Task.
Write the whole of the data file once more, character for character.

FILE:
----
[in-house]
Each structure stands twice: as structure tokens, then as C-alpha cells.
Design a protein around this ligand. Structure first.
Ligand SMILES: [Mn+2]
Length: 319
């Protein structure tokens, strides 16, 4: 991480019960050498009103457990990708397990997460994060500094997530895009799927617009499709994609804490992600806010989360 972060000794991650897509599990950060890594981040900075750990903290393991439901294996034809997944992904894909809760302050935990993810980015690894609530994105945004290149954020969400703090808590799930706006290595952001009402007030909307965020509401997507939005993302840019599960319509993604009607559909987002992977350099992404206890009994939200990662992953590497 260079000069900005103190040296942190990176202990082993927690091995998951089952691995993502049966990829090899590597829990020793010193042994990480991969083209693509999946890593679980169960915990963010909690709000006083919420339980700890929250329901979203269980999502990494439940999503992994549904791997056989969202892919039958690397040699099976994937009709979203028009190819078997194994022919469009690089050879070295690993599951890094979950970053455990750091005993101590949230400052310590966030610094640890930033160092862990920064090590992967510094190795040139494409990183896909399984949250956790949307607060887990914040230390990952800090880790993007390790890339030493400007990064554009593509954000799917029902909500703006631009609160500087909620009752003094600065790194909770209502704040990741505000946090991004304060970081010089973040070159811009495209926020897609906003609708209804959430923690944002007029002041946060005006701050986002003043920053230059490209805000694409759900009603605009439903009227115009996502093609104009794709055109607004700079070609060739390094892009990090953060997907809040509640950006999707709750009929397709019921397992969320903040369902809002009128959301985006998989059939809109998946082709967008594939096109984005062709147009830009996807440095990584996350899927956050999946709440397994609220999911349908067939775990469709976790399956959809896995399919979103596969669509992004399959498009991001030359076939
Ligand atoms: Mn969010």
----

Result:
[in-house]
Each structure stands twice: as structure tokens, then as C-alpha cells.
Design a protein around this ligand. Structure first.
Ligand SMILES: [Mn+2]
Length: 319
């Protein structure tokens, strides 16, 4: 991480019960050498009103457990990708397990997460994060500094997530895009799927617009499709994609804490992600806010989360 972060000794991650897509599990950060890594981040900075750990903290393991439901294996034809997944992904894909809760302050935990993810980015690894609530994105945004290149954020969400703090808590799930706006290595952001009402007030909307965020509401997507939005993302840019599960319509993604009607559909987002992977350099992404206890009994939200990662992953590497 260079000069900005103190040296942190990176202990082993927690091995998951089952691995993502049966990829090899590597829990020793010193042994990480991969083209693509999946890593679980169960915990963010909690709000006083919420339980700890929250329901979203269980999502990494439940999503992994549904791997056989969202892919039958690397040699099976994937009709979203028009190819078997194994022919469009690089050879070295690993599951890094979950970053455990750091005993101590949230400052310590966030610094640890930033160092862990920064090590992967510094190795040139494409990183896909399984949250956790949307607060887990914040230390990952800090880790993007390790890339030493400007990064554009593509954000799917029902909500703006631009609160500087909620009752003094600065790194909770209502704040990741505000946090991004304060970081010089973040070159811009495209926020897609906003609708209804959430923690944002007029002041946060005006701050986002003043920053230059490209805000694409759900009603605009439903009227115009996502093609104009794709055109607004700079070609060739390094892009990090953060997907809040509640950006999707709750009929397709019921397992969320903040369902809002009128959301985006998989059939809109998946082709967008594939096109984005062709147009830009996807440095990584996350899927956050999946709440397994609220999911349908067939775990469709976790399956959809896995399919979103596969669509992004399959498009991001030359076939
Ligand atoms: Mn969010």